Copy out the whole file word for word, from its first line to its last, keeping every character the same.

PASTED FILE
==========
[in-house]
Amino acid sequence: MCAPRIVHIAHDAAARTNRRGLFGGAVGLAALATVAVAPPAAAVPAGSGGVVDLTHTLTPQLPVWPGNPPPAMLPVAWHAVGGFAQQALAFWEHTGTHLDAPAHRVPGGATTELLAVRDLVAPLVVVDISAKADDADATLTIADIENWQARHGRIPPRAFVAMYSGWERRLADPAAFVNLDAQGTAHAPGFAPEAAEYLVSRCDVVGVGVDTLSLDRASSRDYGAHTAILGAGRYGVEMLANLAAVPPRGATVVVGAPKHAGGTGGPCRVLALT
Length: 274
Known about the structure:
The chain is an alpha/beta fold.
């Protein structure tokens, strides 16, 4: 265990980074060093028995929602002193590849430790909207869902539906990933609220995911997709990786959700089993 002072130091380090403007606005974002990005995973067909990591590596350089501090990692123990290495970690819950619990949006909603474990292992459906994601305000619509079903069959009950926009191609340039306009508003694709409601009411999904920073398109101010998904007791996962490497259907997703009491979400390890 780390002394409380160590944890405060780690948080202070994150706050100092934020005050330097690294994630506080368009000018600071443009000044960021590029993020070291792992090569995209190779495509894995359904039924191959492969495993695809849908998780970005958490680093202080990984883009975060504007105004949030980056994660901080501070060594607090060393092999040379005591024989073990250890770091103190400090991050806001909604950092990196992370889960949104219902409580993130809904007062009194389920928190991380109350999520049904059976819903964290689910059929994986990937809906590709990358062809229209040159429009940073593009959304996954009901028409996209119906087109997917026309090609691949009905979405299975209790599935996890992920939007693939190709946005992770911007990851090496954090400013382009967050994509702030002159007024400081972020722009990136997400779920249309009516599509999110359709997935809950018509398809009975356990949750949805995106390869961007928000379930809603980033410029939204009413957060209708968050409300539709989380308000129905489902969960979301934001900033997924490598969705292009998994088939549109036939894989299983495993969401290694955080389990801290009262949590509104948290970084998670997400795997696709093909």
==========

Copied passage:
[in-house]
Amino acid sequence: MCAPRIVHIAHDAAARTNRRGLFGGAVGLAALATVAVAPPAAAVPAGSGGVVDLTHTLTPQLPVWPGNPPPAMLPVAWHAVGGFAQQALAFWEHTGTHLDAPAHRVPGGATTELLAVRDLVAPLVVVDISAKADDADATLTIADIENWQARHGRIPPRAFVAMYSGWERRLADPAAFVNLDAQGTAHAPGFAPEAAEYLVSRCDVVGVGVDTLSLDRASSRDYGAHTAILGAGRYGVEMLANLAAVPPRGATVVVGAPKHAGGTGGPCRVLALT
Length: 274
Known about the structure:
The chain is an alpha/beta fold.
């Protein structure tokens, strides 16, 4: 265990980074060093028995929602002193590849430790909207869902539906990933609220995911997709990786959700089993 002072130091380090403007606005974002990005995973067909990591590596350089501090990692123990290495970690819950619990949006909603474990292992459906994601305000619509079903069959009950926009191609340039306009508003694709409601009411999904920073398109101010998904007791996962490497259907997703009491979400390890 780390002394409380160590944890405060780690948080202070994150706050100092934020005050330097690294994630506080368009000018600071443009000044960021590029993020070291792992090569995209190779495509894995359904039924191959492969495993695809849908998780970005958490680093202080990984883009975060504007105004949030980056994660901080501070060594607090060393092999040379005591024989073990250890770091103190400090991050806001909604950092990196992370889960949104219902409580993130809904007062009194389920928190991380109350999520049904059976819903964290689910059929994986990937809906590709990358062809229209040159429009940073593009959304996954009901028409996209119906087109997917026309090609691949009905979405299975209790599935996890992920939007693939190709946005992770911007990851090496954090400013382009967050994509702030002159007024400081972020722009990136997400779920249309009516599509999110359709997935809950018509398809009975356990949750949805995106390869961007928000379930809603980033410029939204009413957060209708968050409300539709989380308000129905489902969960979301934001900033997924490598969705292009998994088939549109036939894989299983495993969401290694955080389990801290009262949590509104948290970084998670997400795997696709093909």